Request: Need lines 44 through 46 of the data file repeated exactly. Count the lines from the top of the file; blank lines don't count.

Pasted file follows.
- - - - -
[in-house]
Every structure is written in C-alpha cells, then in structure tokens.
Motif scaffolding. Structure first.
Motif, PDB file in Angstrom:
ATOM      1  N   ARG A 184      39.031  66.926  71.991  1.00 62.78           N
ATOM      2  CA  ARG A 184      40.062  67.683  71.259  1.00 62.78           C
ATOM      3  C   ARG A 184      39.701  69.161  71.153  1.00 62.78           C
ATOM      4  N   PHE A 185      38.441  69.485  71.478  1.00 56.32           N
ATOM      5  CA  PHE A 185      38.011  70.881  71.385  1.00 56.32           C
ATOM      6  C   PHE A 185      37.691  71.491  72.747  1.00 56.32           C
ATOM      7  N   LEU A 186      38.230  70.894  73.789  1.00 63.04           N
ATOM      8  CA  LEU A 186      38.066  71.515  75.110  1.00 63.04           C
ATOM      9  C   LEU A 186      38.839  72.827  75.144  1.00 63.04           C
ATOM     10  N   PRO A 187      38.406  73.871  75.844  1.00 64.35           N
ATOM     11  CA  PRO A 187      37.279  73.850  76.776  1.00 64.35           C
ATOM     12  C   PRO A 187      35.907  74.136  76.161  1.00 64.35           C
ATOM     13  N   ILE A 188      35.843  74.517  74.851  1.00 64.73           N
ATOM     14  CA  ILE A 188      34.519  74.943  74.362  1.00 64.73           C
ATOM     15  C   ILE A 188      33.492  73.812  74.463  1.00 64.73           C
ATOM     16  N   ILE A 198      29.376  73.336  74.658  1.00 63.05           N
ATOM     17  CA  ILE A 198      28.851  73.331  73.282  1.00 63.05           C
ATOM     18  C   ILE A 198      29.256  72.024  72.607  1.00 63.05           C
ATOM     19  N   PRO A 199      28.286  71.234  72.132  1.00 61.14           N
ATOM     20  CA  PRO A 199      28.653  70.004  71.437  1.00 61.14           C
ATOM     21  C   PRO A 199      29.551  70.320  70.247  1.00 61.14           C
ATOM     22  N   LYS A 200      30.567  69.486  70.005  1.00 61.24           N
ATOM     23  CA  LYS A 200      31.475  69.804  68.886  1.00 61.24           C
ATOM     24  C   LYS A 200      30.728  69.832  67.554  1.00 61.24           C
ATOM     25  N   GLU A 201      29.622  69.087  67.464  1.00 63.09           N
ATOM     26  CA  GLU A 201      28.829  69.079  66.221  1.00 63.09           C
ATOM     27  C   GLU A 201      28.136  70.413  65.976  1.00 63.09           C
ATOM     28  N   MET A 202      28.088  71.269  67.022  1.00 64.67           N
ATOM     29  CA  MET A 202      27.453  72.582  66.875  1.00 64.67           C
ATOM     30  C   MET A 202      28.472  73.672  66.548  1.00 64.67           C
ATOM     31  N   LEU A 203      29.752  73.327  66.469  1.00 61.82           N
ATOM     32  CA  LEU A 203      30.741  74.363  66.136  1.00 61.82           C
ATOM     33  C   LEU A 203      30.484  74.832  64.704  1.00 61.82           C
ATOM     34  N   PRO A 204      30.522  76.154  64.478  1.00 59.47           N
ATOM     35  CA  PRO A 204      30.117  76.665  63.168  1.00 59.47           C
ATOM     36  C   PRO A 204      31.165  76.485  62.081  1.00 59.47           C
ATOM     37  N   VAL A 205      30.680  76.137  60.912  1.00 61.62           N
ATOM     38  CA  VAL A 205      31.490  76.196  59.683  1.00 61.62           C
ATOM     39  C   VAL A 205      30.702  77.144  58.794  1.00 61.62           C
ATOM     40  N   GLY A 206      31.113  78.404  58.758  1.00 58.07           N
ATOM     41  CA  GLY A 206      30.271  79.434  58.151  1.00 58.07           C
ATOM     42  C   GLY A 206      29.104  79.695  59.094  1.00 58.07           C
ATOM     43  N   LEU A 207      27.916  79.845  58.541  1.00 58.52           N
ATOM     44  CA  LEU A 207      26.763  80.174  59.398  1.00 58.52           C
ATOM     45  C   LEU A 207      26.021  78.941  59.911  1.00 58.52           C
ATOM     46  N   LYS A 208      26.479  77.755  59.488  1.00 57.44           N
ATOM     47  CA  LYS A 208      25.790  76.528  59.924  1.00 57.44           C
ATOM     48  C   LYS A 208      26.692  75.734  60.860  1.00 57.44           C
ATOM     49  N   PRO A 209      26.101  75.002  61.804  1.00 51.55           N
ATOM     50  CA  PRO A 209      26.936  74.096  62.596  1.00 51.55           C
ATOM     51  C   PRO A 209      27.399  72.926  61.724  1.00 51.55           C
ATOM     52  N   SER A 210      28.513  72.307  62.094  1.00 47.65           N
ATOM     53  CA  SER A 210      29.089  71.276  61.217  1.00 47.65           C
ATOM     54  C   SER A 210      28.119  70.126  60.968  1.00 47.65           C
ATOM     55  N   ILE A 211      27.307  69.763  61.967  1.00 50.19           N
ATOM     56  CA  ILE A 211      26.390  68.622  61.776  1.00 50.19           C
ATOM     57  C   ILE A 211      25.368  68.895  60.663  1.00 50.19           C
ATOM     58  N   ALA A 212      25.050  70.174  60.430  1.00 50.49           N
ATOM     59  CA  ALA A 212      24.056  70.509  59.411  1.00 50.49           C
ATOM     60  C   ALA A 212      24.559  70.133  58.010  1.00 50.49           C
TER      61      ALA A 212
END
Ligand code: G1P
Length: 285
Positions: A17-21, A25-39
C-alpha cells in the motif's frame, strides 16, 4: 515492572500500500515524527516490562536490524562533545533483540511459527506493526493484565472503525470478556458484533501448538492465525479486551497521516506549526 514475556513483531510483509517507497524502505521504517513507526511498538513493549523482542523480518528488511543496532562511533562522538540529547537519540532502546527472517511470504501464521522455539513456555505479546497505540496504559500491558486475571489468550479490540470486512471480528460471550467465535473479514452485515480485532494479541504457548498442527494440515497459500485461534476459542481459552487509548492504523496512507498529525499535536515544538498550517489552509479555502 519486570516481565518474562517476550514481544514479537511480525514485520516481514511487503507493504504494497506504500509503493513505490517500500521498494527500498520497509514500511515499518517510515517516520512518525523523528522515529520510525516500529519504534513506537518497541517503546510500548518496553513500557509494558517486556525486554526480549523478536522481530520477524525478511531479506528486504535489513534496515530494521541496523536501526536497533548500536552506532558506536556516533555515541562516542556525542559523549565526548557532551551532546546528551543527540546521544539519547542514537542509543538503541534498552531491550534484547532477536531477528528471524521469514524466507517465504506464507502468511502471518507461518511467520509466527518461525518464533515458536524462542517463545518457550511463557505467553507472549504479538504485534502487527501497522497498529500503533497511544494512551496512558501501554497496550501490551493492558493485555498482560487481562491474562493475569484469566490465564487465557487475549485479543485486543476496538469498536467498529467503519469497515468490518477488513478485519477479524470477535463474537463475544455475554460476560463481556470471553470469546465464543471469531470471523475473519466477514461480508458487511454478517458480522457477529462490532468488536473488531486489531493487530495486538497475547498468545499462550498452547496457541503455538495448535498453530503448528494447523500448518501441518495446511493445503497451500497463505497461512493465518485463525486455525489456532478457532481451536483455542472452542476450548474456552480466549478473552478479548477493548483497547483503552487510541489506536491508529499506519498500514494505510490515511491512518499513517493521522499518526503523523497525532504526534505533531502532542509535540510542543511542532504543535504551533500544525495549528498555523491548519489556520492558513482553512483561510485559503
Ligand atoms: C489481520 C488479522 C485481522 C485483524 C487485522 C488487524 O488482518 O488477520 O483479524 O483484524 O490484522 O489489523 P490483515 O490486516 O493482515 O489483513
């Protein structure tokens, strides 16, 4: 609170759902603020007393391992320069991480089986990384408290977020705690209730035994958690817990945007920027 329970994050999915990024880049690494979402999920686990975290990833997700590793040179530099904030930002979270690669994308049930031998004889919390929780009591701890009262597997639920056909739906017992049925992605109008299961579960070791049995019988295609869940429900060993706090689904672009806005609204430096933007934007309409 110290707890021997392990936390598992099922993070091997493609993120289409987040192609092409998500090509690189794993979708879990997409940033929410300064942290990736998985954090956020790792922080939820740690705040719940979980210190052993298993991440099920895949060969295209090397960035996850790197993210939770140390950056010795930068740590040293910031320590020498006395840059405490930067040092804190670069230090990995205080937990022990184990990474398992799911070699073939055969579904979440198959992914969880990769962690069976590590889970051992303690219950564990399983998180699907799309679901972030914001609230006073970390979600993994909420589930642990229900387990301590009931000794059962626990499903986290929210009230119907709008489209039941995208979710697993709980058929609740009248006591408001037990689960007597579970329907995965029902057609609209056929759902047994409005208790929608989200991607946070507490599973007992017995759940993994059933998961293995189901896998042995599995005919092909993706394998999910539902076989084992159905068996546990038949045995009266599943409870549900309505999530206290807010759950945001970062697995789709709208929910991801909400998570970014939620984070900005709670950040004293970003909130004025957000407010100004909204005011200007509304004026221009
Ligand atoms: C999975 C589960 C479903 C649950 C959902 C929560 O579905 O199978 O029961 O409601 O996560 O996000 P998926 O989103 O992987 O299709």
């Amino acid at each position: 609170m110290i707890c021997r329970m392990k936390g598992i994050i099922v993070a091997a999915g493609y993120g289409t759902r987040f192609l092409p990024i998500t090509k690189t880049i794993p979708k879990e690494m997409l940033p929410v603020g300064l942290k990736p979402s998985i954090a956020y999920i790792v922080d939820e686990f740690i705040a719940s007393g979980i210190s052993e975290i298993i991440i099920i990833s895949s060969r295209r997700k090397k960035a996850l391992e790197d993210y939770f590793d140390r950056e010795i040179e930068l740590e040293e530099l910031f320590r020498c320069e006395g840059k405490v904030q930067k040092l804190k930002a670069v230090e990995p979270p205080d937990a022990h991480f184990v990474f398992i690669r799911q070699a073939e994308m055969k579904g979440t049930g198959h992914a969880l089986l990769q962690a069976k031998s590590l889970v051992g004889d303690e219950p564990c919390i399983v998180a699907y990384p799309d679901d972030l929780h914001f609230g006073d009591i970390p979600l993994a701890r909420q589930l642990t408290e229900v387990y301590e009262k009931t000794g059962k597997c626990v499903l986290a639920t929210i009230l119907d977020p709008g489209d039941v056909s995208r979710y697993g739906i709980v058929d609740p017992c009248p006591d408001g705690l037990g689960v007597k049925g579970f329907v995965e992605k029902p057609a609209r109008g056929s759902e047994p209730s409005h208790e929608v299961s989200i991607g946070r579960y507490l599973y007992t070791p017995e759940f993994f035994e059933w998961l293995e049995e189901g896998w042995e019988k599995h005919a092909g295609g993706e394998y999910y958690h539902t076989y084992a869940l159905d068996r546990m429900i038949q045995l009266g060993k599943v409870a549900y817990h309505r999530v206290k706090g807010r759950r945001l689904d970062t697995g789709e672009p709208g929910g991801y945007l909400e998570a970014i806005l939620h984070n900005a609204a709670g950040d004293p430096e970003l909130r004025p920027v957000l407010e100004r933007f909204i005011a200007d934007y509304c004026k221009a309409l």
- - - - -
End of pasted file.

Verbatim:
ATOM     40  N   GLY A 206      31.113  78.404  58.758  1.00 58.07           N
ATOM     41  CA  GLY A 206      30.271  79.434  58.151  1.00 58.07           C
ATOM     42  C   GLY A 206      29.104  79.695  59.094  1.00 58.07           C